Verizon CFO: Eat Our (Fixed) 5G Dust!
As cable companies get on Verizon's turf in mobile, Verizon is moving into cable territory with fixed wireless 5G.
Speaking at a Goldman Sachs & Co. conference Thursday, Verizon Communications Inc. (NYSE: VZ) CFO Fran Shammo addressed Verizon Mobile Virtual Network Operator (MVNO) deals with Comcast Corp. (Nasdaq: CMCSA, CMCSK) and Charter Communications Inc.
But Verizon, as the wholesaler, believes it has an advantage. "A wholesale model is extremely profitable, because you remove the retail part," Shammo added.
However, the CFO made it clear that he expects Verizon's fixed wireless 5G, with 1 Gbit/s connections to the home, will take on cable and "or any broadband connection for that matter." (See The Return of Fixed Wireless Access.)
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Shammo thinks it will be much cheaper for Verizon to deploy 5G than FiOS. "The cost benefit is pretty substantial, or at least we believe it is," Shammo said. He wouldn't, however, give any sense of what Verizon might charge for a 5G service.
Basically both technologies require that Verizon digs up the street if it doesn't have fiber in place already. "We're doing that in Boston now," Shammo said.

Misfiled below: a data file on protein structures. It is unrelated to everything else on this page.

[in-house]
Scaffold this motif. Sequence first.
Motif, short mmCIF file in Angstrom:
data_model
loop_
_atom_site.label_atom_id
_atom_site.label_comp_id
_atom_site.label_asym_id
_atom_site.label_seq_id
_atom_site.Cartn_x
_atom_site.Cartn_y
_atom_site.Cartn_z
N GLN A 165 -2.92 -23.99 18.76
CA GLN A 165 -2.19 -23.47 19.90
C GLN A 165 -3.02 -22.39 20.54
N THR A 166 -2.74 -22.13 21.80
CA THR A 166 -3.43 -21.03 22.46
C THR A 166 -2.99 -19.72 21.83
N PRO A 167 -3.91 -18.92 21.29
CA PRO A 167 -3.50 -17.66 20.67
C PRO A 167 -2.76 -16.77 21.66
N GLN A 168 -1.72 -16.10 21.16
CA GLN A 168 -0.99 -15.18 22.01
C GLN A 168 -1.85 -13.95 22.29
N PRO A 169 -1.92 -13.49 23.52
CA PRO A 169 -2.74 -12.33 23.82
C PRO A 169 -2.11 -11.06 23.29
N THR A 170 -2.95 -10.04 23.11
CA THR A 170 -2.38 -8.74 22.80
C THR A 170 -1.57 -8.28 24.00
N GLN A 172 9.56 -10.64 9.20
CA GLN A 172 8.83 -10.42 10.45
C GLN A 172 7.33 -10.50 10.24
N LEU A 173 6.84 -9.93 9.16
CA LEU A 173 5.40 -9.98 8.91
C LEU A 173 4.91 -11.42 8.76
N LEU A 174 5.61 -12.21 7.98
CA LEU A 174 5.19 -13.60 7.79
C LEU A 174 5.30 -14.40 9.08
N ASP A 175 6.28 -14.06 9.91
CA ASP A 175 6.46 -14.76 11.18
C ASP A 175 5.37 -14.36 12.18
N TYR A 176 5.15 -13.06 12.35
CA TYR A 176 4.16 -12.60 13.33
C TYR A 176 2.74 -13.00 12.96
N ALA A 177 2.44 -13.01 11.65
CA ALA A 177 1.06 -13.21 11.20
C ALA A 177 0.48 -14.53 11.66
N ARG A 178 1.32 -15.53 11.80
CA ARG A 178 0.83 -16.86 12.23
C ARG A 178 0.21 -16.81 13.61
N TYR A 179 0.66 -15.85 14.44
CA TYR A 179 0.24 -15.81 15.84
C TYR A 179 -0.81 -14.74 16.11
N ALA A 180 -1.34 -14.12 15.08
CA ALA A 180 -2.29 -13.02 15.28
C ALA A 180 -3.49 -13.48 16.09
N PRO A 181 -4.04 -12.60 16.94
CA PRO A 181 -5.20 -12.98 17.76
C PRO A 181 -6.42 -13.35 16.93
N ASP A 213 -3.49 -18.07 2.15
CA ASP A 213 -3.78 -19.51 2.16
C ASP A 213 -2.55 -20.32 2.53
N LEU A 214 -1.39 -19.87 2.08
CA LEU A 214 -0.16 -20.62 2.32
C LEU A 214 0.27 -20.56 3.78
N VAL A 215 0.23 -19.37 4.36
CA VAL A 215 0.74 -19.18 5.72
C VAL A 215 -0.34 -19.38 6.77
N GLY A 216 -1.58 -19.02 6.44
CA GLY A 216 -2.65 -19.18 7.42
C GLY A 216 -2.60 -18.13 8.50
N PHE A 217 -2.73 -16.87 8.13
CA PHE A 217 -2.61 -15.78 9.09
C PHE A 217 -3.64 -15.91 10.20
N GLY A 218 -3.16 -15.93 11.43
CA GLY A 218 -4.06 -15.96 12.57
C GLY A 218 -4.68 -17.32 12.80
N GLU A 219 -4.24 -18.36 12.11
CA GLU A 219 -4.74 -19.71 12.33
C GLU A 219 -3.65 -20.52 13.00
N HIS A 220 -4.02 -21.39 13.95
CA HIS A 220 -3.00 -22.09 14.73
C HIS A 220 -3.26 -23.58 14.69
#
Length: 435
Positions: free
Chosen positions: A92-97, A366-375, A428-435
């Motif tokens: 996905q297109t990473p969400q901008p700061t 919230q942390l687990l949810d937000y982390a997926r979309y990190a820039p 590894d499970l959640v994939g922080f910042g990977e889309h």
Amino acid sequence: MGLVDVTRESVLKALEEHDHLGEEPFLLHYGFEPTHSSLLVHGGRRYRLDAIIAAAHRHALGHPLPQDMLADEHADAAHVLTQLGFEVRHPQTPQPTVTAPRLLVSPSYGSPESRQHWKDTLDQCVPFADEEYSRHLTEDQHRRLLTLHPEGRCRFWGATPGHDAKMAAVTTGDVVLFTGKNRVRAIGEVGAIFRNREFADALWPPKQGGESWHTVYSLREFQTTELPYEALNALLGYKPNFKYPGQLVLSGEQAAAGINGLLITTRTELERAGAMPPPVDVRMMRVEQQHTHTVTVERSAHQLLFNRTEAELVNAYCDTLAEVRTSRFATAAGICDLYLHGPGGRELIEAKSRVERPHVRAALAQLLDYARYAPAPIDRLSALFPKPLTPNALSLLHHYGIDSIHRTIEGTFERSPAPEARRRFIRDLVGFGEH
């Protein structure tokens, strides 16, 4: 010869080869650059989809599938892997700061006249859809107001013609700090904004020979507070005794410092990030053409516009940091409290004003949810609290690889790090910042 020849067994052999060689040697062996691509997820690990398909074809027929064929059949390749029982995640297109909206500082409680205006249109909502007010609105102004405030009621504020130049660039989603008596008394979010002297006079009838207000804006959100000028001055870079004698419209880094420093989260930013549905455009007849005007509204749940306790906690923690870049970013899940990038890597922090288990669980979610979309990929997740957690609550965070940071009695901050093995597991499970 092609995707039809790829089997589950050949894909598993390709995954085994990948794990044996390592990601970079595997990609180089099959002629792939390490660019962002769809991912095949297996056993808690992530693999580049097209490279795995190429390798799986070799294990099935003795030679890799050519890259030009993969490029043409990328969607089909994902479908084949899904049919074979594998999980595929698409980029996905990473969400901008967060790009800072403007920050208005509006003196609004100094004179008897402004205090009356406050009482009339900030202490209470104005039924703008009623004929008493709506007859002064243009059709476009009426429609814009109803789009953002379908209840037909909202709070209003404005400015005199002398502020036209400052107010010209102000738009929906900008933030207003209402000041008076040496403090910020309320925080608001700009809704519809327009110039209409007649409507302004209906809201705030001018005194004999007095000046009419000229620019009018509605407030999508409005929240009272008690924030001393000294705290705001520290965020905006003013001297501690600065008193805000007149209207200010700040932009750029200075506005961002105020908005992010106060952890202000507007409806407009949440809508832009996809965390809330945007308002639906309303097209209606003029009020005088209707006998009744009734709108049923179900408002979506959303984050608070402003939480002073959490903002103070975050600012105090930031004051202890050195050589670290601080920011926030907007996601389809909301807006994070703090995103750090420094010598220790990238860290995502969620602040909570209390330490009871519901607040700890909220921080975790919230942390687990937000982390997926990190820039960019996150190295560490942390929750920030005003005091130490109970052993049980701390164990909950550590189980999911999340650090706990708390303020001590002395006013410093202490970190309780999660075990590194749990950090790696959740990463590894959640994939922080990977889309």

FiOS, however, requires that Verizon digs up the subscriber's driveway and installs customer premises equipment. 5G just needs a wireless home router that could be installed by the users themselves.
Verizon is starting commercial trials in 2017. "You will see us in different markets, testing different manufacturer's equipment in different models. This will include rural, suburban, and city tests." The operator will be looking to find out things like how many homes a 5G small cell can cover and more. (See Verizon Hits 1-Gig+ in 5G Trials, Eyes Early Applications.)
Shammo thinks his key advantage is the 28GHz bandwidth that Verizon got the rights to lease through acquiring XO Communications. "That covers 40% of the US," he said.
That's all licensed for fixed wireless use for the time being, as per the Federal Communications Commission (FCC) rules. We're hoping that'll become mobile at some point down the road," Shammo said. (See Verizon Cleared for Take-Off on Fixed 5G.)
— Dan Jones, Mobile Editor, Light Reading